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When everyone turned to baking to manage the stress of the pandemic, Marjorie Johnson did just the opposite.

“I took a vacation. I didn’t bake a thing except my own birthday cake in August. It was nice to have a year without that pressure,” she confided.

For the diminutive Johnson, who could have lighted 101 candles this year, creating cookies, breads and cakes is not a hobby. It’s been an occupation, a vocation, a passion. Minnesota’s famed “Blue Ribbon Baker,” who became a sought-after television celebrity by virtue of her thousands of State Fair and county fair awards, never baked for fun.

She baked to win.

“My husband told me I worked too hard,” she said. “Once I was walking up the steps at 5 a.m. after baking up a storm as he was walking down the steps for breakfast. I said good night to him as he said good morning to me.”

This year instead of sifting and stirring, Johnson has mowed down a stack of books (recent favorite: “Super Brain”). She chats on the phone, updates her Facebook status and takes her daily constitutional.

“I don’t go to the Y now; too many germs. I walk outside. I’ve always lived in a two-story house and going up and down keeps my legs strong,” she said.

She is cautious, though, strolling her Robbinsdale neighborhood with her daughter or a neighbor.

“I don’t want to fall because there goes my beautiful life,” she said. “I never have aches and pains. I see this stuff advertised that people take, but I have no health problems so I don’t need to spend my money on drugs to cure anything.”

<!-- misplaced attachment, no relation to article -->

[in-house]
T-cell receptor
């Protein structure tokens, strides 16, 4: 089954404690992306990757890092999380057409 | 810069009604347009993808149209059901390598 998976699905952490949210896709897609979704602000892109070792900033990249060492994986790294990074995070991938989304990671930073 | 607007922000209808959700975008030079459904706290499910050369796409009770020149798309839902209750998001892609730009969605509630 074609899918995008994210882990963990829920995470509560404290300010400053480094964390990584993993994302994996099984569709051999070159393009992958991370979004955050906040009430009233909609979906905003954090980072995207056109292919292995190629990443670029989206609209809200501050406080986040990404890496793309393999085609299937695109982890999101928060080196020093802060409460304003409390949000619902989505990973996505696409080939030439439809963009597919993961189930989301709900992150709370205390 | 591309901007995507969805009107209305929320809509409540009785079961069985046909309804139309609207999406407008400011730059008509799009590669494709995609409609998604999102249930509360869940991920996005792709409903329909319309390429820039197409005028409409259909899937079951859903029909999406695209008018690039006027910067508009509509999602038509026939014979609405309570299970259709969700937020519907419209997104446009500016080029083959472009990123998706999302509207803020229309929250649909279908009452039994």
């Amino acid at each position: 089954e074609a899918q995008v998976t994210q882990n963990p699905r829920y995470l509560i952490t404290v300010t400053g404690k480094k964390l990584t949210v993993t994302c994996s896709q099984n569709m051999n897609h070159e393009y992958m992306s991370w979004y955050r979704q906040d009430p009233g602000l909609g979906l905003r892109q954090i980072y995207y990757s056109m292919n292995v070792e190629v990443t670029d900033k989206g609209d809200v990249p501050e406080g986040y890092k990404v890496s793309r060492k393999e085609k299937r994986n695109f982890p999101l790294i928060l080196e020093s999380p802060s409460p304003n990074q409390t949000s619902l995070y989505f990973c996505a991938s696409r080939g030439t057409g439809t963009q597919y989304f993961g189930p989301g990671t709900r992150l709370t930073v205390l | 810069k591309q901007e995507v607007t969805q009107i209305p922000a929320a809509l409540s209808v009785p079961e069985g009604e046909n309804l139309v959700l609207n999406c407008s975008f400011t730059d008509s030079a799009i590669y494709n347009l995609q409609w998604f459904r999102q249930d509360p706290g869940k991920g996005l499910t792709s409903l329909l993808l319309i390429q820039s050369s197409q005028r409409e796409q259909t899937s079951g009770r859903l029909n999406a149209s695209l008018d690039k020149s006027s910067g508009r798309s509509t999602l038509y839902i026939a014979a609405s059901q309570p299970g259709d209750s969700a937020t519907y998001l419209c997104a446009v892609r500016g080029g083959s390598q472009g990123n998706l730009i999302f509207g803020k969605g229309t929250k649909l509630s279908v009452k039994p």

Her more subdued life is quite a departure from last year’s centennial, when she was feted at her local YMCA, joined her children for a cruise on the Queen Mary and gloried as the guest of honor at a birthday party for 200 of her closest friends.

There will be time for another fuss in the future. After all, the oldest known living person, Kane Tanaka, is 117.

“Maybe I could make it to that, too,” Johnson said. “Or at least 115.”

Technically, this is not Johnson’s first pandemic. In 1919, the year of her birth, Minnesota was hit by the second wave of the Spanish flu, which took some 2,500 lives. Johnson knows of no one in her family who was claimed by the illness.

She hopes her lucky streak continues with the coronavirus. The widow of a dentist and the mother of two physicians and an aerospace engineer, Johnson “listens to doctors” and dutifully stays home, washes her hands and wears her mask.

“I use common sense. I don’t understand people who don’t. How can they be so dumb?” she said. “Once when we were walking, a lady came running over and said, ‘I can’t believe it’s you, Marjorie. Can I have my picture with you?’ She didn’t have a mask. Now we cross the street when we see other walkers.”

She giggled. “It’s fun being a tiny celebrity.”

Johnson plans to expand her accomplishments by earning new ribbons next summer. She’s contemplating a recipe that combines bananas, whole wheat flour and honey, a dandy new version of banana bread to put before the judges.

“After a year of vacation, I’ll be ready to wear myself out again,” she said. “I’ll be there with bells on.”

Kevyn Burger is a Minneapolis-based freelance broadcaster and writer.